According to the photographer’s account, the sailor was elated, weaving through the streets and kissing women as he went. Eisenstaedt waited for the sailor in black to approach the woman, who was wearing all white. The result: An image of two unnamed strangers pressed against each other has managed to outshine Eisenstaedt’s photographs of well-known public figures like Marilyn Monroe and Albert Einstein.
Recently, the image has resurfaced, after George Mendonsa, who was perhaps most widely reported as the sailor, died last week. In a 2012 book, The Kissing Sailor: The Mystery Behind the Photo That Ended World War II, authors George Galdorisi and Lawrence Verria claimed they had confirmed Mendonsa’s identity through military-grade facial recognition and forensic analysis. And in an interview with CNN in 2015, the veteran himself asserted that the scar above his eyebrow, the size of his hands, and the lump on his left arm match the sailor’s. “I haven’t found a person yet that I haven’t convinced,” he mused.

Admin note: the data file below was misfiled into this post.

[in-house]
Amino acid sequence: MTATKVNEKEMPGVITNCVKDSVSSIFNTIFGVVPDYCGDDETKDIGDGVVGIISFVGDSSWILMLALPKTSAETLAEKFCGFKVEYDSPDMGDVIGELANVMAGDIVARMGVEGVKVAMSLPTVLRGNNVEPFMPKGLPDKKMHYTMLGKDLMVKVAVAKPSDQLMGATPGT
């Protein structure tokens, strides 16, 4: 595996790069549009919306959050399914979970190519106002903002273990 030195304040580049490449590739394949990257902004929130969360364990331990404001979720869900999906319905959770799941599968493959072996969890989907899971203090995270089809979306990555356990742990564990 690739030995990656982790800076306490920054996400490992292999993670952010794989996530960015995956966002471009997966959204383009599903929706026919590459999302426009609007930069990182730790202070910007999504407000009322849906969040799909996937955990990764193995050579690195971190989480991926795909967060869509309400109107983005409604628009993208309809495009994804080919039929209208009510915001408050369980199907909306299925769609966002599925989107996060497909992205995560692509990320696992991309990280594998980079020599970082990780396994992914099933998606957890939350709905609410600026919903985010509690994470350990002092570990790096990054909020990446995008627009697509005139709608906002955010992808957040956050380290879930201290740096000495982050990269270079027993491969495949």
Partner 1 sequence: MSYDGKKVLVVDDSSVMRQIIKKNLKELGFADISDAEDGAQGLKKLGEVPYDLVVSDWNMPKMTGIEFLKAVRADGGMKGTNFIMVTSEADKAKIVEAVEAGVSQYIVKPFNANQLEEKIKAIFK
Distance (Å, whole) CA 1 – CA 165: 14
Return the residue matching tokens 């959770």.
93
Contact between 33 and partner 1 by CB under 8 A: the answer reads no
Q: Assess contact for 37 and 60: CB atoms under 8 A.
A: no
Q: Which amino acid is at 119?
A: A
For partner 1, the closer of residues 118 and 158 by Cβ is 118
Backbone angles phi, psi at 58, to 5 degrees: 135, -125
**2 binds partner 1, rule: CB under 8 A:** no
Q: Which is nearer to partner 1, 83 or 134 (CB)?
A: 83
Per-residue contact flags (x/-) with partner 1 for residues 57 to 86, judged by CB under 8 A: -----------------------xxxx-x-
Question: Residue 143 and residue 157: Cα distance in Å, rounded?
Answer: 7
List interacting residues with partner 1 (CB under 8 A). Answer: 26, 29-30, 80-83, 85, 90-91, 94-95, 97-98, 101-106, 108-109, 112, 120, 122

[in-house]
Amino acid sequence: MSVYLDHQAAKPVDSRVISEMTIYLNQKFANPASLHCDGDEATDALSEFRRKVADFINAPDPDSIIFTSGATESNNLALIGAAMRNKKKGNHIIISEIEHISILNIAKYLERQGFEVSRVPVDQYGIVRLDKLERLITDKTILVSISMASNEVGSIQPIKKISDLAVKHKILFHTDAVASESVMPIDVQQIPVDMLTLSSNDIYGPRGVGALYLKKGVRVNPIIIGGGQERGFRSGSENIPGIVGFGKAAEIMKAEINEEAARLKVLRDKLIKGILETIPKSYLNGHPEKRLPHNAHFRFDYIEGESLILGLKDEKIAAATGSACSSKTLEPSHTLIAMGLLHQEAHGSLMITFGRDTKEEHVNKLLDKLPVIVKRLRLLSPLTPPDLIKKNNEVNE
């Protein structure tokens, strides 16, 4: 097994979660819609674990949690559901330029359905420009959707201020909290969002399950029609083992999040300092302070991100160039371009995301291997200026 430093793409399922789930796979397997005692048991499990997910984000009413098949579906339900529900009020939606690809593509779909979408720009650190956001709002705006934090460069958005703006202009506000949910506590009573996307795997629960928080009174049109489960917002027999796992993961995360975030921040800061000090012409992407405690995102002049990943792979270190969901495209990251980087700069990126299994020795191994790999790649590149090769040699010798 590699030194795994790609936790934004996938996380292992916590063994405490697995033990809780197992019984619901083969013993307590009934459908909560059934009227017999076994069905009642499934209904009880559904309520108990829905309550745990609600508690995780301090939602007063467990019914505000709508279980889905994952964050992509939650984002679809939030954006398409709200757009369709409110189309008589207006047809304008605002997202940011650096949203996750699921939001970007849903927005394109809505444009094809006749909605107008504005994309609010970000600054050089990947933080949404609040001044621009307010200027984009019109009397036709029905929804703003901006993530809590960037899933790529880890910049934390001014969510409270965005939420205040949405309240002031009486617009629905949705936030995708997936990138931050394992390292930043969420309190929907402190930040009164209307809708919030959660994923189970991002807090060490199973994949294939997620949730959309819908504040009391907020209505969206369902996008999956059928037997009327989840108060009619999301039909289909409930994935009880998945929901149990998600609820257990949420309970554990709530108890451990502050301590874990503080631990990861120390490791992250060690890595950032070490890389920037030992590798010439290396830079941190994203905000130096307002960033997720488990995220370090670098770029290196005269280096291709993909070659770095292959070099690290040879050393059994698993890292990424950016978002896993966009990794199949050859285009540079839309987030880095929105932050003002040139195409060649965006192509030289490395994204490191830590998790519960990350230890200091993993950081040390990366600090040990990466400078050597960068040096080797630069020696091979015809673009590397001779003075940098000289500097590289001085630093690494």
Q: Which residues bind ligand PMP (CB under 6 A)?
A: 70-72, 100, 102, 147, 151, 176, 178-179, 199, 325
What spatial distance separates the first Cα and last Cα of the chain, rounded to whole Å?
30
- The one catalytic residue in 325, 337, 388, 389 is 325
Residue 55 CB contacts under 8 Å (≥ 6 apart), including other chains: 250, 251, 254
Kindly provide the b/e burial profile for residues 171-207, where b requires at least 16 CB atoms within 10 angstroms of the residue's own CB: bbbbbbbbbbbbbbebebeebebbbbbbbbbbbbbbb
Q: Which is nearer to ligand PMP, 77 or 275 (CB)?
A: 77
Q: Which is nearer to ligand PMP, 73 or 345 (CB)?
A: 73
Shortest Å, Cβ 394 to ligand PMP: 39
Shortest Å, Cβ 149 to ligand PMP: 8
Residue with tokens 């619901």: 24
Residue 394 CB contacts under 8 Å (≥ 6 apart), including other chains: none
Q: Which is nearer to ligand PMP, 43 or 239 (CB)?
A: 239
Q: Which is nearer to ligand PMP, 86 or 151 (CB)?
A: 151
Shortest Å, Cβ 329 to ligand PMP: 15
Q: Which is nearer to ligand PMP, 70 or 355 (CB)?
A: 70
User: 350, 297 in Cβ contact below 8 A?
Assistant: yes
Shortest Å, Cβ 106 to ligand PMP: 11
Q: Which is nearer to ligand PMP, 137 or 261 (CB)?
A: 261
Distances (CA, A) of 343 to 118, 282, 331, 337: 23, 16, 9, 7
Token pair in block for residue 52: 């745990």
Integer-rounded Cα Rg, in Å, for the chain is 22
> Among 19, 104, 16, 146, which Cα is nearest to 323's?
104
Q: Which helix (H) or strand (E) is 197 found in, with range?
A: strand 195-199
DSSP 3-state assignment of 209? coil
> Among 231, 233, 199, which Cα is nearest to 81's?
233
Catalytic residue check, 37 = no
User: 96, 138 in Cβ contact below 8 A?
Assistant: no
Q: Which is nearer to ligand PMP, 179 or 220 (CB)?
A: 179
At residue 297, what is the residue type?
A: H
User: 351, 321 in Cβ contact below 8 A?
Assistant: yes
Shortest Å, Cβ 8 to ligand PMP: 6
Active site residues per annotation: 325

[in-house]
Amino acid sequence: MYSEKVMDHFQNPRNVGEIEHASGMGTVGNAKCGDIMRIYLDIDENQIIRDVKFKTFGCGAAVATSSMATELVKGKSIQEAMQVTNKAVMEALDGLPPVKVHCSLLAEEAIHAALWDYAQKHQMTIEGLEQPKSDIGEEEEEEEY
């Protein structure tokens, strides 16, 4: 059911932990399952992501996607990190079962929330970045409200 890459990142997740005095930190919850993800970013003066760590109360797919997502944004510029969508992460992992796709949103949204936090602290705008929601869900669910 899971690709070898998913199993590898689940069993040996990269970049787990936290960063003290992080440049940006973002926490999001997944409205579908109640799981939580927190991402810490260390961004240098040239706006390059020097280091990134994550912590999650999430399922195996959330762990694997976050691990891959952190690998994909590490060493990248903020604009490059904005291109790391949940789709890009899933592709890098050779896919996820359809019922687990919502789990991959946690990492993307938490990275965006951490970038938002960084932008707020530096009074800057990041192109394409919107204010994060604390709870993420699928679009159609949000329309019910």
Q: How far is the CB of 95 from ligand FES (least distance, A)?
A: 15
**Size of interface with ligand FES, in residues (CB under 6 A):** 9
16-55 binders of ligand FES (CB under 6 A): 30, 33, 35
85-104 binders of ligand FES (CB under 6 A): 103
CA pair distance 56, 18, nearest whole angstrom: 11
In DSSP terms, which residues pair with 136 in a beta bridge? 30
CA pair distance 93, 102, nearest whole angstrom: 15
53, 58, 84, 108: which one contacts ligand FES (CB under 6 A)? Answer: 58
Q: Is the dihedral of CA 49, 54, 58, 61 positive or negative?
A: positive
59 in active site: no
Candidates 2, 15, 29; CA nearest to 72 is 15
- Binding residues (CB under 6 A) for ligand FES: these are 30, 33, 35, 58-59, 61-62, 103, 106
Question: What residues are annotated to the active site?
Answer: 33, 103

But he did fail to convince some particularly important people: the editors at Life. So assured of his role in the image, Mendonsa sued Time Inc. in the late 1980s for “appropriation of likeness,” after Life ran an ad selling the photo signed by the photographer for $1,600. (Faced with an uphill legal battle against Time Inc., Mendonsa eventually dropped the case.)